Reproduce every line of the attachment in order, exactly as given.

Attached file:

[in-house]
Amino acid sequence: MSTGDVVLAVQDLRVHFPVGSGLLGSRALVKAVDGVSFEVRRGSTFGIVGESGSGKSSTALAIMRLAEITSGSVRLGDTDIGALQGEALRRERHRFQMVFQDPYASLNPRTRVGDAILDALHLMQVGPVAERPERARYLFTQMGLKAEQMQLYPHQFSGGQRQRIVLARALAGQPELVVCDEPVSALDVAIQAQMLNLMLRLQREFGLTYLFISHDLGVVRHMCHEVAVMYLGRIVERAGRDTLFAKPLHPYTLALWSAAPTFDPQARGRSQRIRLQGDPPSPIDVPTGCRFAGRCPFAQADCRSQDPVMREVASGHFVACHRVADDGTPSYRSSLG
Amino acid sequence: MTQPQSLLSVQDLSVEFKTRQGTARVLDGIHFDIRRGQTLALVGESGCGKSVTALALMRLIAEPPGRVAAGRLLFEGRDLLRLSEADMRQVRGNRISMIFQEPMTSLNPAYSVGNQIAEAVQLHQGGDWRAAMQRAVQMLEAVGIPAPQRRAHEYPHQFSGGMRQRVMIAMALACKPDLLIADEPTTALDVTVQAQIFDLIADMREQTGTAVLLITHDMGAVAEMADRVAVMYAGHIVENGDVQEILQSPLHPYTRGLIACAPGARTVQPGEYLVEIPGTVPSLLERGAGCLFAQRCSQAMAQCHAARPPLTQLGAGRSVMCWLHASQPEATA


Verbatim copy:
[in-house]
Amino acid sequence: MSTGDVVLAVQDLRVHFPVGSGLLGSRALVKAVDGVSFEVRRGSTFGIVGESGSGKSSTALAIMRLAEITSGSVRLGDTDIGALQGEALRRERHRFQMVFQDPYASLNPRTRVGDAILDALHLMQVGPVAERPERARYLFTQMGLKAEQMQLYPHQFSGGQRQRIVLARALAGQPELVVCDEPVSALDVAIQAQMLNLMLRLQREFGLTYLFISHDLGVVRHMCHEVAVMYLGRIVERAGRDTLFAKPLHPYTLALWSAAPTFDPQARGRSQRIRLQGDPPSPIDVPTGCRFAGRCPFAQADCRSQDPVMREVASGHFVACHRVADDGTPSYRSSLG
Amino acid sequence: MTQPQSLLSVQDLSVEFKTRQGTARVLDGIHFDIRRGQTLALVGESGCGKSVTALALMRLIAEPPGRVAAGRLLFEGRDLLRLSEADMRQVRGNRISMIFQEPMTSLNPAYSVGNQIAEAVQLHQGGDWRAAMQRAVQMLEAVGIPAPQRRAHEYPHQFSGGMRQRVMIAMALACKPDLLIADEPTTALDVTVQAQIFDLIADMREQTGTAVLLITHDMGAVAEMADRVAVMYAGHIVENGDVQEILQSPLHPYTRGLIACAPGARTVQPGEYLVEIPGTVPSLLERGAGCLFAQRCSQAMAQCHAARPPLTQLGAGRSVMCWLHASQPEATA